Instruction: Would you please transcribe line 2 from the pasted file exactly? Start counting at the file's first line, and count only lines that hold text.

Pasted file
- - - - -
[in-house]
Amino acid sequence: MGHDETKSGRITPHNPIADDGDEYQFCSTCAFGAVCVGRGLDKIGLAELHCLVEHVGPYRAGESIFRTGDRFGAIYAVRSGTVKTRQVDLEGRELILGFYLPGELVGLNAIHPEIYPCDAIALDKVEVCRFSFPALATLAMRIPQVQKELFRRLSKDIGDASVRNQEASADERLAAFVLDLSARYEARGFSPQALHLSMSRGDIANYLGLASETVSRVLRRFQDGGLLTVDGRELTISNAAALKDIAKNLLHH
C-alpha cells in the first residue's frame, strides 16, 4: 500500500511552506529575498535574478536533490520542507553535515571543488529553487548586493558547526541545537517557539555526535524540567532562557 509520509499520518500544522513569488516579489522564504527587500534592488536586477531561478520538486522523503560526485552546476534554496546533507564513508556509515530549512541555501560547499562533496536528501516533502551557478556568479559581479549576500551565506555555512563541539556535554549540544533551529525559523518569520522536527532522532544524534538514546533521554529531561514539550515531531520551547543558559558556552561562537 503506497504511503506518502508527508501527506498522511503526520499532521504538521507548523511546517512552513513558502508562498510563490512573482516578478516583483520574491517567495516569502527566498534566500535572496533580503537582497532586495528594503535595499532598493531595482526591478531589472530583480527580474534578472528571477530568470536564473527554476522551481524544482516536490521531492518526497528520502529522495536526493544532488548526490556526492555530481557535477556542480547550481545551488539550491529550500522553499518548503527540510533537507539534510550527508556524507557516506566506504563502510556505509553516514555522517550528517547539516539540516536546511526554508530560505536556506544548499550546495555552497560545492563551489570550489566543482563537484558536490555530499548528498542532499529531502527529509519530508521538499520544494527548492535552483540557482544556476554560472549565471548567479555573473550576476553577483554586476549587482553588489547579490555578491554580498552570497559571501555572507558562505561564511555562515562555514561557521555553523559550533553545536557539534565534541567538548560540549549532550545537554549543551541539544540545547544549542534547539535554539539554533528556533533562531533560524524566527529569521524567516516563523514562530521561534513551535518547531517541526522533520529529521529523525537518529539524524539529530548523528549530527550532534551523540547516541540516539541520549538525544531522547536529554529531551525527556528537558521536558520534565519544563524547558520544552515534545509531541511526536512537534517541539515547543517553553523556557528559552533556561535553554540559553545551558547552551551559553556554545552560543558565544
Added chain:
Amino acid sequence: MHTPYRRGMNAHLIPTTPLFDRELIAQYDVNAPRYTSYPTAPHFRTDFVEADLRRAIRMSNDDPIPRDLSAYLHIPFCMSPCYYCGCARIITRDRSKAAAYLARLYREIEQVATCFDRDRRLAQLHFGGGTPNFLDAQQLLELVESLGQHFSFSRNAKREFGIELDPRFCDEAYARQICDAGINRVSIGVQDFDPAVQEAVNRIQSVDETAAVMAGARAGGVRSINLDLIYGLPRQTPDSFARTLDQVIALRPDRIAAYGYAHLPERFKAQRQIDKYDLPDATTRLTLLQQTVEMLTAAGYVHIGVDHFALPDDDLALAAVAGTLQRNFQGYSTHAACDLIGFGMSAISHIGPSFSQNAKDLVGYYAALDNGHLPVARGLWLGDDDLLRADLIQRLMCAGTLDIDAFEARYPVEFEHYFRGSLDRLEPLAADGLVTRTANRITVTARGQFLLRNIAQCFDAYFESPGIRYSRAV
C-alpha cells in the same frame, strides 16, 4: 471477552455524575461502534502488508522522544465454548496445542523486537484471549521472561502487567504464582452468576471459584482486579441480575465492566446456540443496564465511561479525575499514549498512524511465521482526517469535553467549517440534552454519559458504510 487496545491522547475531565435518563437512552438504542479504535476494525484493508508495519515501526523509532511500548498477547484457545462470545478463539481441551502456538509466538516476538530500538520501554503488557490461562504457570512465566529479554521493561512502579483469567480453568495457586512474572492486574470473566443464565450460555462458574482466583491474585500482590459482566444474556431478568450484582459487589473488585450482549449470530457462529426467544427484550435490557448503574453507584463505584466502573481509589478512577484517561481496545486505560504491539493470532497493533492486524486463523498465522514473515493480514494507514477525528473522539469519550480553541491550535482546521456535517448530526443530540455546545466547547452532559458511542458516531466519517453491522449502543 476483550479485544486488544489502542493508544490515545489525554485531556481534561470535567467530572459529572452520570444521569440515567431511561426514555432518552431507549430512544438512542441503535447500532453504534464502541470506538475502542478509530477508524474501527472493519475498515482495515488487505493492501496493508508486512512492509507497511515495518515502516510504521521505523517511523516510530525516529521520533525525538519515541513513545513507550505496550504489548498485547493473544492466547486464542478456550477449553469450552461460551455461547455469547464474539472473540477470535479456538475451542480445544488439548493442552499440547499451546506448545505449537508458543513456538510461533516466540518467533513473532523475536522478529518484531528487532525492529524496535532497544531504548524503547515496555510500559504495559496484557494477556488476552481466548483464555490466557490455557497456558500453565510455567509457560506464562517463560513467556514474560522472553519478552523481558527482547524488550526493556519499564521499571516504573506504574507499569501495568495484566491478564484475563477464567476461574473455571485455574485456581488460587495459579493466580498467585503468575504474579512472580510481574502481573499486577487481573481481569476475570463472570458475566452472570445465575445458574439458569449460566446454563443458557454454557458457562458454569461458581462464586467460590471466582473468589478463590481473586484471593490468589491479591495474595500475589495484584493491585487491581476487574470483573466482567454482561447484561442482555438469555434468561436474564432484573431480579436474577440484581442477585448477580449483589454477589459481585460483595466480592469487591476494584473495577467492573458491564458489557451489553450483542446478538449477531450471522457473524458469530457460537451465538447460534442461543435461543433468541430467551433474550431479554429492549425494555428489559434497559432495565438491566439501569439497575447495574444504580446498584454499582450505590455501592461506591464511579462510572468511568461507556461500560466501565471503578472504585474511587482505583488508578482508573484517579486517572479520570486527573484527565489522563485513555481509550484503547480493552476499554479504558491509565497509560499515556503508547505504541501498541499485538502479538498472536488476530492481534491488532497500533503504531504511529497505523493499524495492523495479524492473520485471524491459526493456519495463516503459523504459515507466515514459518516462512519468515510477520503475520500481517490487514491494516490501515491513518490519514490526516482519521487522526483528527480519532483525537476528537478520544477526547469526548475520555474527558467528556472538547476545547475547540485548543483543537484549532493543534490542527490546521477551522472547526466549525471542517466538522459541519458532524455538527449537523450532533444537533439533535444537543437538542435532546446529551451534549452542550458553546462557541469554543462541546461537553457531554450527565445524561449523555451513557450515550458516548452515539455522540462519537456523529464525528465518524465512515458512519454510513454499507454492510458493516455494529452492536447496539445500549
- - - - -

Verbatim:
Amino acid sequence: MGHDETKSGRITPHNPIADDGDEYQFCSTCAFGAVCVGRGLDKIGLAELHCLVEHVGPYRAGESIFRTGDRFGAIYAVRSGTVKTRQVDLEGRELILGFYLPGELVGLNAIHPEIYPCDAIALDKVEVCRFSFPALATLAMRIPQVQKELFRRLSKDIGDASVRNQEASADERLAAFVLDLSARYEARGFSPQALHLSMSRGDIANYLGLASETVSRVLRRFQDGGLLTVDGRELTISNAAALKDIAKNLLHH